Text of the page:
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Rough night. Running a little late, sun already coming up for a one-hundred degree day. A little sore. Wake at 0440, too dark to run. Alarm goes off — ahhhhhh half-hour more.
Then I get up and run it and my time is uggggghhhh and this hill is a pull and…
You know why I do it? (Yes you do because you read my motives, already posted.)
Leadership by example.
I am working on folding in a “fitness journal” facet of the journal part of my gradebook. This is my answer to the question “What is your motivation in maintaining fitness?”
Running a treadmill indoors. I can understand this if you’re in a location of inclement weather or hostile territory, but other than that…
(If it works for you, well, keep on it.)
A lot of folks burn out on their fitness program because it feels like the psychological treadmill. They give up.
You full-of-piss-and-vinegar youngsters might scoff, but wait until you’ve run miles and miles over days and weeks and years and decades. You’re mid-career. You’ve got kids. You’re dragging at day’s end and the table needs to be set. You’ve slipped up and a few pounds are on. Or ten. Or twenty…
You gonna keep it up? What is your motivation?
At 50, my motivations:
The fitness of the body effects the fitness of the mind and spirit.
That lard you’re consuming chokes your arteries and blood flow.
The brain works on blood flow.
Cut the flow and the thinking suffers; it’s a no-brainer.
I want to be able to trek during retirement – which at present looks like no sooner than age sixty-five.
I need to be here for others.
Several others, at an intimate level, but depending on the day or hour, perhaps thirty, one of whom may be important to you.
I am a teacher, and although my primary mission is instruction of techniques of thinking, I am also the guardian of the physical safety of my charges: in the event of danger, I might need to assume command. To explain:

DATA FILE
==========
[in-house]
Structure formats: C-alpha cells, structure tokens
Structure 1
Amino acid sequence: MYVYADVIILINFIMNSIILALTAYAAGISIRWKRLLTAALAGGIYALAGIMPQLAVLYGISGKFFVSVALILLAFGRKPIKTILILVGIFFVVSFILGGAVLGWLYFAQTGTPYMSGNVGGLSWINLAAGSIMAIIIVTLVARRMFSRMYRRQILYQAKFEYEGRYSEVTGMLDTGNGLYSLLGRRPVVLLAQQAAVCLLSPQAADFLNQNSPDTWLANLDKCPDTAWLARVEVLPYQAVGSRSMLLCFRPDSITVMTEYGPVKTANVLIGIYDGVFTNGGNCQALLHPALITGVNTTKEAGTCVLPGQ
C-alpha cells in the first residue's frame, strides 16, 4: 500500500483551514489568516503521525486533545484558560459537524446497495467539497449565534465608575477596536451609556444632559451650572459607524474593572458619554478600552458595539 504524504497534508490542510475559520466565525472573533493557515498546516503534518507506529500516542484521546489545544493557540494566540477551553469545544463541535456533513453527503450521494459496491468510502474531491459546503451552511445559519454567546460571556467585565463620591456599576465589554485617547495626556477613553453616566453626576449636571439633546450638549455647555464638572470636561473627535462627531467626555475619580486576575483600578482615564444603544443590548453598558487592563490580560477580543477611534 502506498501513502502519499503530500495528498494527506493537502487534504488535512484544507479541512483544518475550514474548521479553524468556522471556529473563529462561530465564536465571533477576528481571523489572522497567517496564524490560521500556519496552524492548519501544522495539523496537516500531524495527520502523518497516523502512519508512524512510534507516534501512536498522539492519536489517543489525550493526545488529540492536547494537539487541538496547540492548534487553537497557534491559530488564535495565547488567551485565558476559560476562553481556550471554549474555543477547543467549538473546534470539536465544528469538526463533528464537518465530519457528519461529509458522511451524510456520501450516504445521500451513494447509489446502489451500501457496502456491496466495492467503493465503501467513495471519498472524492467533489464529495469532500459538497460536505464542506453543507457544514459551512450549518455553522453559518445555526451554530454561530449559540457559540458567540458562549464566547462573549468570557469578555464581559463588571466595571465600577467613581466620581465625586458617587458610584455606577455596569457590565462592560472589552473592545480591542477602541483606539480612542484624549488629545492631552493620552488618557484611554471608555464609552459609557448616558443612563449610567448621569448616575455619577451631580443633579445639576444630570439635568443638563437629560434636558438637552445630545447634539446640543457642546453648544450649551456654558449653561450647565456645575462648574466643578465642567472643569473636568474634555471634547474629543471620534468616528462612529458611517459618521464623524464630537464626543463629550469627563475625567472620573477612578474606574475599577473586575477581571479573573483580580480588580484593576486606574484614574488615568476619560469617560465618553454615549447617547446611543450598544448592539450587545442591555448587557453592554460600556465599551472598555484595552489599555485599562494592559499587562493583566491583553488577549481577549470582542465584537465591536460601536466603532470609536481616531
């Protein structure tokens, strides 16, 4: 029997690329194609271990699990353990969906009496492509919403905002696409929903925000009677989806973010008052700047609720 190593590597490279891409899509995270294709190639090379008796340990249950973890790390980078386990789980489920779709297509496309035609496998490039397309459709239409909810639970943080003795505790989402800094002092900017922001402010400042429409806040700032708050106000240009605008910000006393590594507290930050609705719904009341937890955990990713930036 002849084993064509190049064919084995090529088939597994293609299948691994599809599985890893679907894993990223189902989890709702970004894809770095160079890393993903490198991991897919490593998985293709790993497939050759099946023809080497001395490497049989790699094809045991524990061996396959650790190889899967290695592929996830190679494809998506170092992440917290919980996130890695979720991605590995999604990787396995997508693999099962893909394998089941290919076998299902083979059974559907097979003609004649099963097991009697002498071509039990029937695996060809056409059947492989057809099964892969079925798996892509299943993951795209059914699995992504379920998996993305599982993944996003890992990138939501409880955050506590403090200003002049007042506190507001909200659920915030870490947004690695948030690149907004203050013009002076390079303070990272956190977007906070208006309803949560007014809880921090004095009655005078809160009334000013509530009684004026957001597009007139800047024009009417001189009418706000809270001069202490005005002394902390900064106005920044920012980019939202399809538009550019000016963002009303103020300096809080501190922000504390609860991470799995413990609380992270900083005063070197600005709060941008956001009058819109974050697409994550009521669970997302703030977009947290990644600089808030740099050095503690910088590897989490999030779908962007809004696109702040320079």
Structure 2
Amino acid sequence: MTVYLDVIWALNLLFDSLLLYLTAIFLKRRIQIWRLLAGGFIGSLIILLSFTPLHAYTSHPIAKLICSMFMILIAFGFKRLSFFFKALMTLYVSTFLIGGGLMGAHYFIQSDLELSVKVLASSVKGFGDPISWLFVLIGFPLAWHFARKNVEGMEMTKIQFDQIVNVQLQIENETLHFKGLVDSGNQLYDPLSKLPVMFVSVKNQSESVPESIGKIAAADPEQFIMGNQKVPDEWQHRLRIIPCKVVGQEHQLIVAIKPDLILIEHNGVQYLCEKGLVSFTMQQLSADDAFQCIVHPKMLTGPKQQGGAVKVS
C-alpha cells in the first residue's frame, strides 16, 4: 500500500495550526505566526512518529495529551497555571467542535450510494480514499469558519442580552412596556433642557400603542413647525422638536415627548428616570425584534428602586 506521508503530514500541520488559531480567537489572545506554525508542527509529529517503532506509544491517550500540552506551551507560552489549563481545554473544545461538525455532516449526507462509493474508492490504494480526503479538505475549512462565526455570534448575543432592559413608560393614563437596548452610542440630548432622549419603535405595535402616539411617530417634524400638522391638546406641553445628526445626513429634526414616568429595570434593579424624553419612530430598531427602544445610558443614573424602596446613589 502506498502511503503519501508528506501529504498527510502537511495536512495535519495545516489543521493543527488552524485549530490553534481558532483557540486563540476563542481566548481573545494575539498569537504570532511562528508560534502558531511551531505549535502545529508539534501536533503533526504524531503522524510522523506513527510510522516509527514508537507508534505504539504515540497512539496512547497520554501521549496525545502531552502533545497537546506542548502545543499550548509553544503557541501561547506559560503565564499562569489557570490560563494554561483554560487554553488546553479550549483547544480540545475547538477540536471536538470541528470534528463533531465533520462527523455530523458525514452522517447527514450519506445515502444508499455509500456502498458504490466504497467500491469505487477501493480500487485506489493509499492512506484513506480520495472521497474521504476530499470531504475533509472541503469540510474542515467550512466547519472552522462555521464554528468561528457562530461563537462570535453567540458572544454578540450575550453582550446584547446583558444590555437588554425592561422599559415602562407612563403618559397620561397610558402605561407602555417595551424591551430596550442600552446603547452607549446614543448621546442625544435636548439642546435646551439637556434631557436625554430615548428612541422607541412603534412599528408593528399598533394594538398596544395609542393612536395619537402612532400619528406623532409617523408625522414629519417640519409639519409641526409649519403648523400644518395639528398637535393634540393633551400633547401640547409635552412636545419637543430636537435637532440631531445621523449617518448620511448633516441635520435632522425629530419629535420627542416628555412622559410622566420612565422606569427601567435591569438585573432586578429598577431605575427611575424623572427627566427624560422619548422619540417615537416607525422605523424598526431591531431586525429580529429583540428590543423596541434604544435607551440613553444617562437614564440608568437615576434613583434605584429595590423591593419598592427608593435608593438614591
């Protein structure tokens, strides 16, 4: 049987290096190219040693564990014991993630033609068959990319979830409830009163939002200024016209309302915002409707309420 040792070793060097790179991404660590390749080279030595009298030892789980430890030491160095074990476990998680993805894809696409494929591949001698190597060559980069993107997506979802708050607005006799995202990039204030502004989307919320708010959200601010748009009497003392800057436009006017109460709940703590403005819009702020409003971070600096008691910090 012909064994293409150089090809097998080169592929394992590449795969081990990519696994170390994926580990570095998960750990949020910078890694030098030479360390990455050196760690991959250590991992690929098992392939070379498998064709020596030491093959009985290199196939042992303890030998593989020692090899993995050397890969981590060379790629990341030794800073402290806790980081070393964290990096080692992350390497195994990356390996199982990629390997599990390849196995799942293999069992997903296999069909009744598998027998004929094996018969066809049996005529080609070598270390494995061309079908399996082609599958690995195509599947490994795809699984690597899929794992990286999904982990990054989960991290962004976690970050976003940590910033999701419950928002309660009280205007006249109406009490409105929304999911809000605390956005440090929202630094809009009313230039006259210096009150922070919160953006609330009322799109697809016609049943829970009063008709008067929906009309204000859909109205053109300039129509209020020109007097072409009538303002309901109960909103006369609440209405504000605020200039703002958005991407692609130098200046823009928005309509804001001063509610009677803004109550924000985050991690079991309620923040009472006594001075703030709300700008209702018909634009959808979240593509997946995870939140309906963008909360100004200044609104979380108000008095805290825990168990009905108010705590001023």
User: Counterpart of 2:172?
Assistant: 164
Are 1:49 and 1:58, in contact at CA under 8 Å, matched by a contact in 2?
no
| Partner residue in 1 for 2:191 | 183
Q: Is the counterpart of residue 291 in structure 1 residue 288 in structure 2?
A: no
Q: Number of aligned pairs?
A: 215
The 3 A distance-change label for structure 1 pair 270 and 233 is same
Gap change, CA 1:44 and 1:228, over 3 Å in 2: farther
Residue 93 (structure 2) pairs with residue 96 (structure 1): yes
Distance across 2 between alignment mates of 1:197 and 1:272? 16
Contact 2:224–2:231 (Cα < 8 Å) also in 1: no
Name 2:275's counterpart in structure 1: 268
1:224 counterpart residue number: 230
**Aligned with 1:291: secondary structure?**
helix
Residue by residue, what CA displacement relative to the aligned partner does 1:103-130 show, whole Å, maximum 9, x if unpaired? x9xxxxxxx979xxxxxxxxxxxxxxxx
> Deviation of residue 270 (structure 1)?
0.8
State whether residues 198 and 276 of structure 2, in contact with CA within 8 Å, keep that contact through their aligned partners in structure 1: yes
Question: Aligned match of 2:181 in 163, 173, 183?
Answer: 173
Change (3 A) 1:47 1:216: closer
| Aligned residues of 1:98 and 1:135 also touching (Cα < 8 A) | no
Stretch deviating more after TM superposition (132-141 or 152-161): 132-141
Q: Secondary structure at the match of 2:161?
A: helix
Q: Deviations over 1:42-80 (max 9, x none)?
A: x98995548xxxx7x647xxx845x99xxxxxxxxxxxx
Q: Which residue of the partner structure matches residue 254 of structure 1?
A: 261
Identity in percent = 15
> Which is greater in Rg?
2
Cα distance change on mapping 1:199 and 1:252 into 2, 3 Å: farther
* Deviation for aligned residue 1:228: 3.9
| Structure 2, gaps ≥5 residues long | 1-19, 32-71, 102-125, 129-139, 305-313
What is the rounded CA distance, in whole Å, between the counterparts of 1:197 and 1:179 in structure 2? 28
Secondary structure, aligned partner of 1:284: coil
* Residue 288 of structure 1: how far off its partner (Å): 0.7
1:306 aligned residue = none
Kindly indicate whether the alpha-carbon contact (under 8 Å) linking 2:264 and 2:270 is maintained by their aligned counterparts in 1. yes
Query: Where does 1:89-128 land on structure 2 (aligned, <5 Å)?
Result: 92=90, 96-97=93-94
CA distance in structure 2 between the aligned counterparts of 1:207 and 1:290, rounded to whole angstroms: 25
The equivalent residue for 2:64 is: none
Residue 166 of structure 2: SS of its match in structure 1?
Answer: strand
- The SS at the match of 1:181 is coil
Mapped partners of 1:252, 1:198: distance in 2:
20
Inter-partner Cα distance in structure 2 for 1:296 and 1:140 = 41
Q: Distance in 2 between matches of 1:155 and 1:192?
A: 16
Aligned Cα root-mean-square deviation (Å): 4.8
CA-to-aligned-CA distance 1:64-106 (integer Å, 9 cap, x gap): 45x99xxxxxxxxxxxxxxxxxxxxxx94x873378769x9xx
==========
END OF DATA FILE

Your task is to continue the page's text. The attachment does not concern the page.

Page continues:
I work in an area in which there is the belief that living on the “mean streets” – a climate created by espousing that credo and contributing, often unconsciously, to that violence – gives one greater machismo and “credibility” than people raised in safe neighborhoods.
(Note: “machismo” now applies to young women, who are becoming increasingly likely to express femininity through violence, e.g., the title “bitch” becoming an honorific.) It can get pretty tense. A strong presence can stop the escalation.
I also work and live on the Hayward Fault, in a flood zone, and under the glidepath of several airports. Dangers more demanding.
If some nasty grief or drama unfolds, the teacher is the incident commander until the “higher payscale” arrives on scene. Unlikely occurrences, but entirely possible – it only takes once.
My specific training objectives:
To survive a disaster and escape it, if alone.
If in company, to carry out the wounded and be the last man to leave the room.
To run from one casualty to the next, keeping composure and the ability to respond and function.
To maintain this until properly relieved.
Honestly, I hope I’m just running the treadmill: excitement is overrated.